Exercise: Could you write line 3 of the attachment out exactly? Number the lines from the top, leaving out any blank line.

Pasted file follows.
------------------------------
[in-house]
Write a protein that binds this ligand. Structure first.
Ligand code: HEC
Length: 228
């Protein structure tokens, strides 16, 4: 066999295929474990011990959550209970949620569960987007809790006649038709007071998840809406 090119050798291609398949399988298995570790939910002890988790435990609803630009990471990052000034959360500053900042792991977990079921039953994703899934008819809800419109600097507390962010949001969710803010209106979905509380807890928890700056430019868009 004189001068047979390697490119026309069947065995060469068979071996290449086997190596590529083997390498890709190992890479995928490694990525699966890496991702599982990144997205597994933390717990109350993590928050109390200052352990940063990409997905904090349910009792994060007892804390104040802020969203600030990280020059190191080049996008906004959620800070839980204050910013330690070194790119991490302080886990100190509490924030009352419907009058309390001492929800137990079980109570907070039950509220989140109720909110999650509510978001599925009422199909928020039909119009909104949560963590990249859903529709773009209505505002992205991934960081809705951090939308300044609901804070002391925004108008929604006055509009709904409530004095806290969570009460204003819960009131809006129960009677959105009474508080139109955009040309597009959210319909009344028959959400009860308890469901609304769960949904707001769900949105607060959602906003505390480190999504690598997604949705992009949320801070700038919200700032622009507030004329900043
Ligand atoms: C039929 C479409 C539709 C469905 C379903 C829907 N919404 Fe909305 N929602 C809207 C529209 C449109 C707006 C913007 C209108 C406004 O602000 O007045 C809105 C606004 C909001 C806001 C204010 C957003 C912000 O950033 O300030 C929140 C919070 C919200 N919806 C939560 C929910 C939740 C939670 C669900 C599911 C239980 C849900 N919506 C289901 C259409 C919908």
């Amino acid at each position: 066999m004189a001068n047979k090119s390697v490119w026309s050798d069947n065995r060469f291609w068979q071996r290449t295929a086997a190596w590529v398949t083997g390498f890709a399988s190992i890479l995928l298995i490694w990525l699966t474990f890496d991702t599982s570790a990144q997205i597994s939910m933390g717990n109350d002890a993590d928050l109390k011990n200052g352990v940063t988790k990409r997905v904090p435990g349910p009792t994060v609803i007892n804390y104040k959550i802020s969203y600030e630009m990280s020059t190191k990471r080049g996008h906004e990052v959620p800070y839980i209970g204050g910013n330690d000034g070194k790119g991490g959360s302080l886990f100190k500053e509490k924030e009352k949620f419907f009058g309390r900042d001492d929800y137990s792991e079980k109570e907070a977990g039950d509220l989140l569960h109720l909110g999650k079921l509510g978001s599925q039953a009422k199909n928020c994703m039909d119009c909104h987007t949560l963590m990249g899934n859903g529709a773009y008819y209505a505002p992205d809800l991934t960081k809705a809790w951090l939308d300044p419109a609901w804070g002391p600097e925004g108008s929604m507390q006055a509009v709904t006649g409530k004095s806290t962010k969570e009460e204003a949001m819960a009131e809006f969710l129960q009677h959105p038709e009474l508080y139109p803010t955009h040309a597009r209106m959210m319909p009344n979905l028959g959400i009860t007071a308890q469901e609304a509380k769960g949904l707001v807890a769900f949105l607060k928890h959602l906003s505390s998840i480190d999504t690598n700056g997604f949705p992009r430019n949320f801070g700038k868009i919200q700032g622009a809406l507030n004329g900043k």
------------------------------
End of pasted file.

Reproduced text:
Ligand code: HEC